People gathered at the State House Thursday to protest legislation that would ban abortions in South Carolina. Photos by Téa Smith.
Martha Pressley-Turner has been attending pro-choice rallies all her life, so she made a point to be at a State House protest on Thursday that drew 100 people.
The 69-year-old Columbia woman said she has held her views on the right to legal abortion since she was 15 when she worked as a candy striper hospital volunteer. Abortion was not legal at the time. On one of her shifts, a woman came into the hospital after attempting a self-induced abortion.
“She had blood coming down her legs. Her dress had blood. And she literally bled out as soon as she walked in the ER,” Pressley-Turner said. “So I’ve been pro-choice.”
The rally, sponsored by Planned Parenthood South Atlantic and the Women’s Right and Empowerment Network, was held to protest two anti-abortion bills pushed by the S.C. Senate. The legislation was referred to the Medical Affairs Committee for discussion Thursday.
One bill, “Equal Protection for Unborn Babies Act,” would ban abortion completely unless the pregnant person’s life is at immediate risk. This means that anyone who performed an abortion could be charged with murder and face the death penalty.
This would only happen if the U.S. Supreme Court overturned the 1973 decision Roe v. Wade, which legalized abortions.
A second bill would legally require doctors to inform women about an abortion reversal pill if they request abortion medication.
“Abortion is not something to take lightly. It is a fundamental piece of healthcare that is integral to our ability to control our lives and control our futures,” said Maya Ward, a development and communications associate for WREN. “But anti-abortion lawmakers don’t seem to see it that way.”
The rally drew people of all ages, some clutching handmade signs or sported pro-choice pins.
Bob Whitaker, 75, said it was his first time attending an abortion rally.
“I believe in a women’s right to control their body,” Whitaker, a Columbia resident, said. “That’s a basic thing.”
For others who had attended the event in past years, it evoked frustration because it felt like legislators weren’t listening to their concerns.
“We are having these hearings every year on the State House grounds, right here where a statue of J. Marion Sims still stands,” said Kim Smith, co-founder of the Soda City Bail, an organization that bails out protesters. He was “a man that did racist, horrific, medical, gynecological experiments on enslaved black women. I bring this up because this to me is a symbol – a symbol of how the ruling class of South Carolina seeks to remind us that they controlled my ancestors.”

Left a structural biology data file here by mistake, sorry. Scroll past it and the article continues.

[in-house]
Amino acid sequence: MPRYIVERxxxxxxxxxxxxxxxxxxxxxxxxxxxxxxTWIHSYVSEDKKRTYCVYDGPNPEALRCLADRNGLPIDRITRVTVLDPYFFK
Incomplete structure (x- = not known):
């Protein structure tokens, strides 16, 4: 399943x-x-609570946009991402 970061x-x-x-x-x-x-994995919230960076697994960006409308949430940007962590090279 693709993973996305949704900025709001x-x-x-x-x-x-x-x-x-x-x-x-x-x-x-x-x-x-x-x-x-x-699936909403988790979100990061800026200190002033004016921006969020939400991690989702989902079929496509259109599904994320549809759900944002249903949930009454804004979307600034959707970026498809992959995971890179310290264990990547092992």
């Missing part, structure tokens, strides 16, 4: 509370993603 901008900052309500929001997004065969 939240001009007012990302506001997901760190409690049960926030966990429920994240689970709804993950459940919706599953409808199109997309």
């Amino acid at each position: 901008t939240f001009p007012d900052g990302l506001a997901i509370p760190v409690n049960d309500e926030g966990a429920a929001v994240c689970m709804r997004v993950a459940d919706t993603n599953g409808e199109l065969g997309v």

While the future of the two bills is unknown, those in opposition hope that they will be overturned, keeping abortion legal and safe.
The legislation to reverse abortions remains controversial because of medical risks. The American College of Obstetricians and Gynecologists says science does not support the abortion reversal pill. The American Association of Pro-Life Obstetricians and Gynecologists, a group of about 4,500 physicians, supports the measure.
Sen. Mia McLeod, D-Richland, called out her Republican colleagues for promoting the legislation.
“Because of their reckless disregard for women and girls across our state, you’re witnessing the worst of South Carolina,” McLeod said. “But tomorrow is a new day and hopefully a new opportunity to stop playing God and to try to be more godly.”
Martha Pressley-Turner has been pro-choice since she was 15 years old.
All abortions would be banned in South Carolina under one of the Senate measures if Roe v. Wade is overturned by the U.S. Supreme Court.
Richland Sen. Mia McLeod said she would continue to fight until “the reproductive rights and freedoms of every South Carolina woman and girl are protected.”
ABOUT THE JOURNALISTS
Carson Peaden is a senior multimedia journalist with a passion for the arts. From Charleston, S.C., she believes art is integral to a community and enjoys telling stories which highlight local artists and their craft. After working on Garnet & Black, UofSC’s magazine, Peaden acquired an interest in magazine writing and dreams of working for a local magazine. In her free time, she likes to read and write poetry and short stories.
Téa Smith is a multimedia journalist from Upper Marlboro, Maryland. Smith discovered her passion for creative writing as a staff reporter on her high school newspaper. She is proficient in Adobe Photoshop and editing, and continues to learn how to use Premiere and InDesign. She is a lover of the arts. In her free time she enjoys creating visual art, taking photos and fiction writing.